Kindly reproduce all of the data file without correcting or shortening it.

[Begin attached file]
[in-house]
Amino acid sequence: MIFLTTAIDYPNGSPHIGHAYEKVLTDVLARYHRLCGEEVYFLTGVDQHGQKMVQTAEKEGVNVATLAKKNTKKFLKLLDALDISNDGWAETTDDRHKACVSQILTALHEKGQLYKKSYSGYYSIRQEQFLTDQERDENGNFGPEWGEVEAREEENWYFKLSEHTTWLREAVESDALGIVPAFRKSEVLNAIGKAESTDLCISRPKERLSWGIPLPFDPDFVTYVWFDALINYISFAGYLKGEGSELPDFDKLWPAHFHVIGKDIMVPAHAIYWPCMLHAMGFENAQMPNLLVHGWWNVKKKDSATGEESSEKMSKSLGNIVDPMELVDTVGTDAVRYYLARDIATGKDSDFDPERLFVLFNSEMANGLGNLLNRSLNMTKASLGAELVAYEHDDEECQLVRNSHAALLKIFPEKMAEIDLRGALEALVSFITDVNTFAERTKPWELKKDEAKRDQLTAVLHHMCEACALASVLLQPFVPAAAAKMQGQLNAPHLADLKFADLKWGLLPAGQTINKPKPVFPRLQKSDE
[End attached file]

[in-house]
Amino acid sequence: MIFLTTAIDYPNGSPHIGHAYEKVLTDVLARYHRLCGEEVYFLTGVDQHGQKMVQTAEKEGVNVATLAKKNTKKFLKLLDALDISNDGWAETTDDRHKACVSQILTALHEKGQLYKKSYSGYYSIRQEQFLTDQERDENGNFGPEWGEVEAREEENWYFKLSEHTTWLREAVESDALGIVPAFRKSEVLNAIGKAESTDLCISRPKERLSWGIPLPFDPDFVTYVWFDALINYISFAGYLKGEGSELPDFDKLWPAHFHVIGKDIMVPAHAIYWPCMLHAMGFENAQMPNLLVHGWWNVKKKDSATGEESSEKMSKSLGNIVDPMELVDTVGTDAVRYYLARDIATGKDSDFDPERLFVLFNSEMANGLGNLLNRSLNMTKASLGAELVAYEHDDEECQLVRNSHAALLKIFPEKMAEIDLRGALEALVSFITDVNTFAERTKPWELKKDEAKRDQLTAVLHHMCEACALASVLLQPFVPAAAAKMQGQLNAPHLADLKFADLKWGLLPAGQTINKPKPVFPRLQKSDE